Mick Cronin was hired as UCLA’s basketball coach Tuesday, ending a bumpy, months-long search to find a replacement for the fired Steve Alford.
The university said Cronin agreed to a $24 million, six-year deal.
UCLA’s search has been marked by a series of starts and stops since Alford was dismissed on Dec. 31. The school had never before fired a coach during the season.
Cronin wasn’t the first choice of athletic director Dan Guerrero, who headed a search committee that included Golden State Warriors general manager Bob Myers, a former Bruin.
The Bruins were interested in Texas Christian’s Jamie Dixon, but couldn’t reach a deal because of his $8 million buyout. Then they turned to Tennessee’s Rick Barnes, and again couldn’t come to terms.
“Throughout what was a thorough and exhaustive search, those of us on the committee repeatedly discussed and emphasized the importance of bringing in a coach who really wants to be here,” Myers said in a statement.
So Cronin moved to the forefront.
He had a 296-146 record at his alma mater Cincinnati over 16 seasons and led the Bearcats to the NCAA Tournament in each of the last nine years. However, they made it past the first two rounds just once during Cronin’s tenure, earning a Sweet Sixteen berth in 2012.
Twice in the last three years, the Bearcats beat UCLA, including a 29-point rout in December not long before Alford was fired.
The Bearcats went 28-7 this season, winning a second consecutive American Athletic Conference tournament championship before losing to Iowa in the first round of the NCAA Tournament.
“Mick has built a fantastic program at Cincinnati, backed by integrity and discipline, and he has instilled an undeniable toughness in his student-athletes,” Guerrero said in the statement. “I am confident he will build this program the right way and lead UCLA basketball back to national prominence.”
Cronin, 47, will be introduced at a campus news conference Wednesday.
“UCLA is a very special place with a strong tradition of excellence,” he said in the statement. “To be able to join such a world-class institution is truly a privilege, and I can’t wait to get started in Westwood.”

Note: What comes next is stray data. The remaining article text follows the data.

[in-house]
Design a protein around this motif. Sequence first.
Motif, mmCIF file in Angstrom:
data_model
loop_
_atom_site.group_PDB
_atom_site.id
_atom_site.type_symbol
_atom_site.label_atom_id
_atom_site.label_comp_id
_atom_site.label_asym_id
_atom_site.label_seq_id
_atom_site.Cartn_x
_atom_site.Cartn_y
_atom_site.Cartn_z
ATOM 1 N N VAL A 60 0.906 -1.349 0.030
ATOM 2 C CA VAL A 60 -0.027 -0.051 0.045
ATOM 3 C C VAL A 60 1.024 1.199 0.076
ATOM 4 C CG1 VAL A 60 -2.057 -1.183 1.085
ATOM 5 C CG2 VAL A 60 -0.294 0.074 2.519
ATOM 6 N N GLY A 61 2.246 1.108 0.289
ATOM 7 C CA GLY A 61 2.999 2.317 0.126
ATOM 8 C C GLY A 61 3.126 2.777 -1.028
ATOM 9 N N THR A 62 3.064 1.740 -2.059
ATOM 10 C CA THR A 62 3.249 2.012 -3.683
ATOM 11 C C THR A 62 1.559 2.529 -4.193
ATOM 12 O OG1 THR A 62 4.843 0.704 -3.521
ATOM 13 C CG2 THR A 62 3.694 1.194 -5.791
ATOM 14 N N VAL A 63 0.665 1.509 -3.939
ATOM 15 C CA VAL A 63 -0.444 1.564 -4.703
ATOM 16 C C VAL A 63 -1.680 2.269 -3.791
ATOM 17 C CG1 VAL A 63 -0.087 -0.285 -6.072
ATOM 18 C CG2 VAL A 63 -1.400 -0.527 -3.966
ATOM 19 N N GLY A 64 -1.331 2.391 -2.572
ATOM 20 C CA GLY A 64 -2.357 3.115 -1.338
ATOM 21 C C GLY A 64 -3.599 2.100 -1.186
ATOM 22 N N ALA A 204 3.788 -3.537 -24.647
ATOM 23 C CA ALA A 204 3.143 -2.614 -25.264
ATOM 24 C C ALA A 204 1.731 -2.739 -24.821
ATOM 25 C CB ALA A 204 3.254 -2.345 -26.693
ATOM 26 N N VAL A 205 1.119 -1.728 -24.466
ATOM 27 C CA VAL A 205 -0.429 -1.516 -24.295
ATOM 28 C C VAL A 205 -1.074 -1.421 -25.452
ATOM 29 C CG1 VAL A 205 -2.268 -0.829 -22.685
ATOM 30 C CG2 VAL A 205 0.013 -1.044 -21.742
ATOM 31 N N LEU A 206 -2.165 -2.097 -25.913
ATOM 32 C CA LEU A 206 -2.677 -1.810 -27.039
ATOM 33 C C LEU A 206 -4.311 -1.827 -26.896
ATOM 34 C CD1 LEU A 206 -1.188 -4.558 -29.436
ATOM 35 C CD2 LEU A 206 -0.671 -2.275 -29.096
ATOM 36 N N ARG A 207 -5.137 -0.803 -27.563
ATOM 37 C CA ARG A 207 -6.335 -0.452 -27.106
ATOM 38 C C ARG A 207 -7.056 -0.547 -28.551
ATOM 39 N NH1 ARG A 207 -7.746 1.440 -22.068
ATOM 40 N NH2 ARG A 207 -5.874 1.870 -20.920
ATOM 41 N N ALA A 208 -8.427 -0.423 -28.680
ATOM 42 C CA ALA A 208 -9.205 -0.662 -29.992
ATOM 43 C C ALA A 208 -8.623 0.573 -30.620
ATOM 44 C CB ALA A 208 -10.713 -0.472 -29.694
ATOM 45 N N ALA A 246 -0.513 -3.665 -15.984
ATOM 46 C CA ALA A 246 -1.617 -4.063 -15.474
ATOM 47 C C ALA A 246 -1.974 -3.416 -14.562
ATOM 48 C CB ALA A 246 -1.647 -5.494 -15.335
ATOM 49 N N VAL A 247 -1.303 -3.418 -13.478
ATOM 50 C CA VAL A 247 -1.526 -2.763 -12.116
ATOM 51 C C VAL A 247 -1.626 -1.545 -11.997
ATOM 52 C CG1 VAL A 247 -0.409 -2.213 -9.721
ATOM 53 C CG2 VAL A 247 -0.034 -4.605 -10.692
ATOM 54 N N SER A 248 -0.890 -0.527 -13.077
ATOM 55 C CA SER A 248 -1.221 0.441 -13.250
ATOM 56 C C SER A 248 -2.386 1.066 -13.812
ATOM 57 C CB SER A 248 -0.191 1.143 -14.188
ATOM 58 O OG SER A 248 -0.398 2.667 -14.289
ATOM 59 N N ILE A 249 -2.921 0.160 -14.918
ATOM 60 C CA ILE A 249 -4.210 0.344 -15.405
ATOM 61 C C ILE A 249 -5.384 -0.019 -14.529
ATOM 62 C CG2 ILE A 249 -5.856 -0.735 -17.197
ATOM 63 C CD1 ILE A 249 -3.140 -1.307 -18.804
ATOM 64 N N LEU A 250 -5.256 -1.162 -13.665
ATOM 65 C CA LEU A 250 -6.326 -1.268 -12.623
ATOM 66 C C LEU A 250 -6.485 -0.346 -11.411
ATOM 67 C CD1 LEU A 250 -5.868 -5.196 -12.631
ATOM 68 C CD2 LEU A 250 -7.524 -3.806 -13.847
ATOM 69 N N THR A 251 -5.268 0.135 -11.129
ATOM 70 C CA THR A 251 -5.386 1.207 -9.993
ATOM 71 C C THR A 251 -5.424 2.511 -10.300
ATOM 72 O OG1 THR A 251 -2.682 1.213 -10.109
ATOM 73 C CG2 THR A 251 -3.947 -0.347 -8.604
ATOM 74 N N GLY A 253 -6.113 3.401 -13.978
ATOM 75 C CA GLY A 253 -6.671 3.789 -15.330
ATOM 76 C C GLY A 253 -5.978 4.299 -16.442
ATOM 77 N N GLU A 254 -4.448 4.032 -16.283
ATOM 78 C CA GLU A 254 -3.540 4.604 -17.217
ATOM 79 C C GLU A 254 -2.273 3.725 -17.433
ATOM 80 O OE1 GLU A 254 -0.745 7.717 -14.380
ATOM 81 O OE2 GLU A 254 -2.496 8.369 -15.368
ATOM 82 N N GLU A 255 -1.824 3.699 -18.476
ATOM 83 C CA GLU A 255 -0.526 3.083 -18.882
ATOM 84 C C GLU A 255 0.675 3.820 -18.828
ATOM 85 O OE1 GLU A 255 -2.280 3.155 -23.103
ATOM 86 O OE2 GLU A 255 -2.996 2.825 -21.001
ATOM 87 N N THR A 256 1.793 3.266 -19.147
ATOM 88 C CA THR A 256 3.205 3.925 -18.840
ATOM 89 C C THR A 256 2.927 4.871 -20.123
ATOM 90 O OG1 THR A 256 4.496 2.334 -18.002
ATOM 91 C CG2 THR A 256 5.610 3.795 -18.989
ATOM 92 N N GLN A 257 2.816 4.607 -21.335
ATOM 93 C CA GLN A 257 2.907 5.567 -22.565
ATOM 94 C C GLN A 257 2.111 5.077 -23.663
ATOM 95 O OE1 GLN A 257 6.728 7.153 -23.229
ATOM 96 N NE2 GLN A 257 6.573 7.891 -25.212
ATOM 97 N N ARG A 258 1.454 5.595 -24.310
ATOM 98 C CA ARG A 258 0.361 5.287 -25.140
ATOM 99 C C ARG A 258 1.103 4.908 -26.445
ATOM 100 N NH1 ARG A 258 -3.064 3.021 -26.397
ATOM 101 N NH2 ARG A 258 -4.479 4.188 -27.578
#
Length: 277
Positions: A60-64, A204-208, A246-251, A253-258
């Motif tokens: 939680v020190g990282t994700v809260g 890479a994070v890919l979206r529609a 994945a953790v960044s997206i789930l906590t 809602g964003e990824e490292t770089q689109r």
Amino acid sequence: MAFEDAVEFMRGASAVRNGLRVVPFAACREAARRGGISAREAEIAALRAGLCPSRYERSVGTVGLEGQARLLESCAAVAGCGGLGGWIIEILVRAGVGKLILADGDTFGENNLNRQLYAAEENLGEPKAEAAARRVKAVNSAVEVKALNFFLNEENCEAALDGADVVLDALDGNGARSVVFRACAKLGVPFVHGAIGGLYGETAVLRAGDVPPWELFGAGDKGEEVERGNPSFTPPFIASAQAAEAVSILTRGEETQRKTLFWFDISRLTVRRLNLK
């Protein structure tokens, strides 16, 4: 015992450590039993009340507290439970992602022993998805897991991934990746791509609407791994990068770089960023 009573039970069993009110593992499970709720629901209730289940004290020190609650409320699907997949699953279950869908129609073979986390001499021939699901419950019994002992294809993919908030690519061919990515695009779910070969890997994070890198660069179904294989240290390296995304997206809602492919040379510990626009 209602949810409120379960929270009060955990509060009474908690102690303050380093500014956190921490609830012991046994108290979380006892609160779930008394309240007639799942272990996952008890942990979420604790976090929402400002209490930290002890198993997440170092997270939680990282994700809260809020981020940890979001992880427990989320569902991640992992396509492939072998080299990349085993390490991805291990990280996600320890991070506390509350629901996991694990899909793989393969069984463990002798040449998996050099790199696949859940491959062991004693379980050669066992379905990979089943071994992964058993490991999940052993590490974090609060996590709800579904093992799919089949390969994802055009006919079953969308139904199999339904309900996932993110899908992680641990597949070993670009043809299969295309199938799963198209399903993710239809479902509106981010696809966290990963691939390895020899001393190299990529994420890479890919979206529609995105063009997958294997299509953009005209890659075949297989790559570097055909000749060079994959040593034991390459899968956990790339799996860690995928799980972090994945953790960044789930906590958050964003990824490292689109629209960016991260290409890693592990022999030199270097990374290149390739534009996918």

Alford wasn’t a popular hire among UCLA supporters, who didn’t think he was an upgrade from Ben Howland, who took the Bruins to three Final Four appearances. They wanted a bigger name.
How boosters react to Cronin and his emphasis on defense remains to be seen. Attendance has also lagged in recent years.
“I have great hopes for Mick Cronin and am confident he understands our values of academic and athletic excellence, recognizing the very high bar set by Coach John Wooden,” UCLA chancellor Gene Block said in a statement.
Except for brief stints at Louisville and Murray State, Cronin has spent his career in his hometown of Cincinnati. He graduated from the university in 1997.
His only other head coaching stint was at Murray State from 2003 to 2006, when the Racers were 69-24. Cronin was associate head coach at Louisville under Rick Pitino from 2001 to 2003 and worked as an assistant and video coordinator from 1996 to 2001 under Bob Huggins at Cincinnati.
Cronin returned to Cincinnati as head coach in 2006, reviving the program after Huggins was forced out.
Health issues forced Cronin to miss most of the 2014-15 season as he recovered from an aneurysm that was discovered after he complained of lingering headaches. He returned to his coaching duties ahead of the next season.
Cronin built a reputation as a recruiter who could identify and lure top talent to Cincinnati, including future NBA players like Lance Stephenson of the LA Lakers.
Alford was a solid recruiter as well, although critics believed UCLA underperformed during his tenure.
The Bruins’ roster will be depleted by the early departures of sophomores Kris Wilkes and Jaylen Hands, who recently announced their plans to hire agents and declare for the NBA draft.
But next season will mark the return of guard Tyger Campbell and forward Shareef O’Neal, who both missed their freshman year. Campbell had a knee injury and O’Neal had heart surgery. Among the incoming recruits are Jaime Jaquez and Jake Kyman.
Alford was fired after the Bruins began the season with a 7-6 record. At the time, they were mired in a four-game skid that included home losses to Belmont and Liberty.
Alford had a 124-63 record in Westwood after taking over the program in March 2013. The 54-year-old coach won one Pac-12 tournament title but never a regular-season league title, and made four NCAA Tournament appearances, including Sweet 16 berths in his first two years.
But the drop-off was swift for a school that owns a record 11 national championships. The Bruins lost to St. Bonaventure in the First Four last season, the first time in school history that UCLA was relegated to a play-in game.
They failed to make the NCAA Tournament in 2015-16, when the team went 15-17 for the program’s fourth losing record since 1948 when Wooden became the coach.
They also didn’t make the NCAAs this season under interim coach Murry Bartow, who took over from Alford and guided the Bruins to a 17-16 finish, including a 9-9 Pac-12 mark.